Tulsa’s Golden Driller is not alone. Sculpted tributes of fictional characters are often beloved community icons and tourist stops in cities across the United States.
Let’s celebrate some of those, beginning with Tulsa’s biggest fan of the oil industry.
The Golden Driller
Standing 76 feet tall, the driller statue towers over Expo Square, 4145 E. 21st St., and serves as a tribute to Tulsa’s one-time “oil capital of the world” status. This version came in 1966, after the first of a couple of temporary statues was constructed in 1953 for the International Petroleum Exposition.
In Metropolis, Illinois, the self-proclaimed home to the Man of Steel, you will find a 15-foot statue of the DC Comics hero. But wait, that’s not all: There’s also the Super Museum with another Superman figure taking flight outside, and the town has a bronze statue of love interest and “girl reporter” Lois Lane (9 feet tall), with notepad and pencil in hand.
The boxing champion made famous in eight movies by actor Sylvester Stallone was immortalized in bronze outside the Philadelphia Art Museum, where Rocky ran up the steps during his training and celebrated at the top, arms raised. That run has been duplicated ever since by fans.
Commuters getting off a train walk by the statue of the funny little bear, wearing his old hat and duffel coat, on the platform at — where else? — the Paddington railway station in London, where the Brown family first found him in the beloved series of books and films.
There are statues dedicated to author A. Conan Doyle’s famous detective, from England to Japan, but one of the most recent is the one that was finally unveiled near 221B Baker St., the fictional home of Holmes.
Andy and Opie
Outside of the Andy Griffith Museum in Raleigh, North Carolina, you will find statues of the actor as Sheriff Andy Taylor, along with Oklahoma’s Ron Howard, who as a child actor played his son, Opie, in TV’s “The Andy Griffith Show,” walking hand-in-hand and smiling as they head off for a day of fishing.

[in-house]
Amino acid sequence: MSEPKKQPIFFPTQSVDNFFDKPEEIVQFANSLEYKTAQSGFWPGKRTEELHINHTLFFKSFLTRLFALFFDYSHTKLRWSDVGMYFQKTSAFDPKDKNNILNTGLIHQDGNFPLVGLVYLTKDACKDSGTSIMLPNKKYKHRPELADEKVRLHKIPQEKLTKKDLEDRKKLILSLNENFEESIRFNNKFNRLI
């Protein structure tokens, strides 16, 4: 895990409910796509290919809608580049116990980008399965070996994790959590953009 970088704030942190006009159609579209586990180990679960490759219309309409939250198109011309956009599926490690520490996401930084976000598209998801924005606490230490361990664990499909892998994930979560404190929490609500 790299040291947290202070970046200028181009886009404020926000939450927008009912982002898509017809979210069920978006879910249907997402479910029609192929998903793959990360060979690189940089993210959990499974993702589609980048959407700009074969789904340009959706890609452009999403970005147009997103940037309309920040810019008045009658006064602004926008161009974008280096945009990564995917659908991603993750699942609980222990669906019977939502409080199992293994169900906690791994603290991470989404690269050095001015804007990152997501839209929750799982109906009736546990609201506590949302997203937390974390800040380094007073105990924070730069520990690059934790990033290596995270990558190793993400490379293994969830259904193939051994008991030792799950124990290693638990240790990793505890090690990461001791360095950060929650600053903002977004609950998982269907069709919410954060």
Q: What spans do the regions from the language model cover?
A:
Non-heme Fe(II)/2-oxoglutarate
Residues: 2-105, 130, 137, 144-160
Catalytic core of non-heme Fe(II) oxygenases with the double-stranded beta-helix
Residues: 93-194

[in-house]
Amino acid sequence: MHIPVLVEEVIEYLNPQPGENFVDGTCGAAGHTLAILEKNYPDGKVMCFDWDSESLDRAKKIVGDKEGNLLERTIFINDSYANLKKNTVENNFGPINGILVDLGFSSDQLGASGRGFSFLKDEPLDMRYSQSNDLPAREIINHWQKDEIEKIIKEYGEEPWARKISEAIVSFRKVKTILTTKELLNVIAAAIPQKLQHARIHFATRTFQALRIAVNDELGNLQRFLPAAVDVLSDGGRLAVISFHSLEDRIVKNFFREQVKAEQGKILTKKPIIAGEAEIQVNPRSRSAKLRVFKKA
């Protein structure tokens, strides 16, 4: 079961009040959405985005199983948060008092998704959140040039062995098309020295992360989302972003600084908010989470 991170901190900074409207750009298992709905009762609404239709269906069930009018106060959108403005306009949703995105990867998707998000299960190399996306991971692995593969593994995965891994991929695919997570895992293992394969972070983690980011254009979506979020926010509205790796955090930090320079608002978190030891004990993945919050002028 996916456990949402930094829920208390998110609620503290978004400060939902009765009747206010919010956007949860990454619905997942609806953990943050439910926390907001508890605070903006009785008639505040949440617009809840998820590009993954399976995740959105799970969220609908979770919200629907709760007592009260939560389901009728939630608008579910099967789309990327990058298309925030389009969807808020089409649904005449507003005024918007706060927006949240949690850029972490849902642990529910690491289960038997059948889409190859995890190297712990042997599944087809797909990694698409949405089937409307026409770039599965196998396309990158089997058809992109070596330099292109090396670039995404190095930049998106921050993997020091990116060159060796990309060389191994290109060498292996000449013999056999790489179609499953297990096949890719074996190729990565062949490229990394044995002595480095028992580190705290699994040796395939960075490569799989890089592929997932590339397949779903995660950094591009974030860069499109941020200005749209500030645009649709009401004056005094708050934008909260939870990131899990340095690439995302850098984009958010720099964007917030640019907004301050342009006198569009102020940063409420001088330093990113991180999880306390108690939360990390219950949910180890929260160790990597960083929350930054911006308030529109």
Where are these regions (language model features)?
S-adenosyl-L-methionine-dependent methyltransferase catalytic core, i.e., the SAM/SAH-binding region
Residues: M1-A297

The Statue of Liberty
More than 130 years after the 305-foot structure was dedicated in New York Harbor, the Statue of Liberty remains a popular attraction, holding the torch in the air that historically lighted the way for immigrants first arriving to the U.S.
The Fearless Girl
This recent addition to the world’s most famous statues finds the “Fearless Girl” facing off with the Wall Street bull in New York. The work of art was placed there to recognize International Women’s Day.
Sure, he’s trashed Tokyo (where you’ll find this statue) and other cities on multiple occasions during destructive cinematic battles, but people still love Godzilla, a landmark of Japanese moviemaking.
The giant lumberjack and folk hero is such a beloved figure of American and Canadian lore that statues of him can be found in at least a half-dozen places. Some of them are tall, while others are very tall, and sometimes he’s accompanied by Babe the Blue Ox in statue form.
Dr. Seuss characters
Children’s author Theodore Geisel (Dr. Seuss) created so many characters, and you can find about 30 of them in his hometown of Springfield, Massachusetts, at the Dr. Seuss National Memorial Sculpture Garden. The Cat in the Hat, the Grinch, Horton the Elephant — find their sculptures there, all created by the author’s stepdaughter.
Heeeeey! Whether you know him as Fonzie or as Arthur Fonzarelli, if you’re a fan, you know you want to see the bronze Fonz. The statue of the “Happy Days” favorite was unveiled in 2008 in Milwaukee, where the show was based.
OK, he has a steel skeletal structure with other steel pieces to form his body, and the 55-foot cowboy only stands for about three weeks a year. But for any guest to the annual Texas State Fair or to each year’s OU-Texas football game, he’s a welcome sight that brings a smile to all faces.